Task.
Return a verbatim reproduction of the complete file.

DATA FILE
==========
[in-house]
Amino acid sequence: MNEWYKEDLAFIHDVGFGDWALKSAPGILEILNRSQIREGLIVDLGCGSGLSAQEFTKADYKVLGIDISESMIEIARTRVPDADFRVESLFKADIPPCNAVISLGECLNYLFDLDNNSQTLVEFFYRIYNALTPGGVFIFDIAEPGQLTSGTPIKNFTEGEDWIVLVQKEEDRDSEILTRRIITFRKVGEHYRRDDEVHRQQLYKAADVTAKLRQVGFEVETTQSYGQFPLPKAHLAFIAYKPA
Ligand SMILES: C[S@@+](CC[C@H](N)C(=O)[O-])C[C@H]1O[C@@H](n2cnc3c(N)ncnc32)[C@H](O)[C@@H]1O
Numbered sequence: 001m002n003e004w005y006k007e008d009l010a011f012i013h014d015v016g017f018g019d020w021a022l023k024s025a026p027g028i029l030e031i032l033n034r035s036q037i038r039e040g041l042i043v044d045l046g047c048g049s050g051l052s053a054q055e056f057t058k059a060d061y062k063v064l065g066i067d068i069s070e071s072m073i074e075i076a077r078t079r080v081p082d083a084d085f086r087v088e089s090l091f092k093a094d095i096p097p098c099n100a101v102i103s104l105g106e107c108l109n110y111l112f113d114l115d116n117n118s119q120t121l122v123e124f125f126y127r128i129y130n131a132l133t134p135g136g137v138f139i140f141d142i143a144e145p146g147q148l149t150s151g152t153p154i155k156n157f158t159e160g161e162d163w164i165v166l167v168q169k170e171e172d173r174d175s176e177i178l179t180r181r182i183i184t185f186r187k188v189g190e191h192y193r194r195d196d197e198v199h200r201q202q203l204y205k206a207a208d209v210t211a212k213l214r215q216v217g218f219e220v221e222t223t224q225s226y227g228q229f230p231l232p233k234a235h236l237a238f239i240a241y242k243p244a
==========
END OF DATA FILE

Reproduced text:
[in-house]
Amino acid sequence: MNEWYKEDLAFIHDVGFGDWALKSAPGILEILNRSQIREGLIVDLGCGSGLSAQEFTKADYKVLGIDISESMIEIARTRVPDADFRVESLFKADIPPCNAVISLGECLNYLFDLDNNSQTLVEFFYRIYNALTPGGVFIFDIAEPGQLTSGTPIKNFTEGEDWIVLVQKEEDRDSEILTRRIITFRKVGEHYRRDDEVHRQQLYKAADVTAKLRQVGFEVETTQSYGQFPLPKAHLAFIAYKPA
Ligand SMILES: C[S@@+](CC[C@H](N)C(=O)[O-])C[C@H]1O[C@@H](n2cnc3c(N)ncnc32)[C@H](O)[C@@H]1O
Numbered sequence: 001m002n003e004w005y006k007e008d009l010a011f012i013h014d015v016g017f018g019d020w021a022l023k024s025a026p027g028i029l030e031i032l033n034r035s036q037i038r039e040g041l042i043v044d045l046g047c048g049s050g051l052s053a054q055e056f057t058k059a060d061y062k063v064l065g066i067d068i069s070e071s072m073i074e075i076a077r078t079r080v081p082d083a084d085f086r087v088e089s090l091f092k093a094d095i096p097p098c099n100a101v102i103s104l105g106e107c108l109n110y111l112f113d114l115d116n117n118s119q120t121l122v123e124f125f126y127r128i129y130n131a132l133t134p135g136g137v138f139i140f141d142i143a144e145p146g147q148l149t150s151g152t153p154i155k156n157f158t159e160g161e162d163w164i165v166l167v168q169k170e171e172d173r174d175s176e177i178l179t180r181r182i183i184t185f186r187k188v189g190e191h192y193r194r195d196d197e198v199h200r201q202q203l204y205k206a207a208d209v210t211a212k213l214r215q216v217g218f219e220v221e222t223t224q225s226y227g228q229f230p231l232p233k234a235h236l237a238f239i240a241y242k243p244a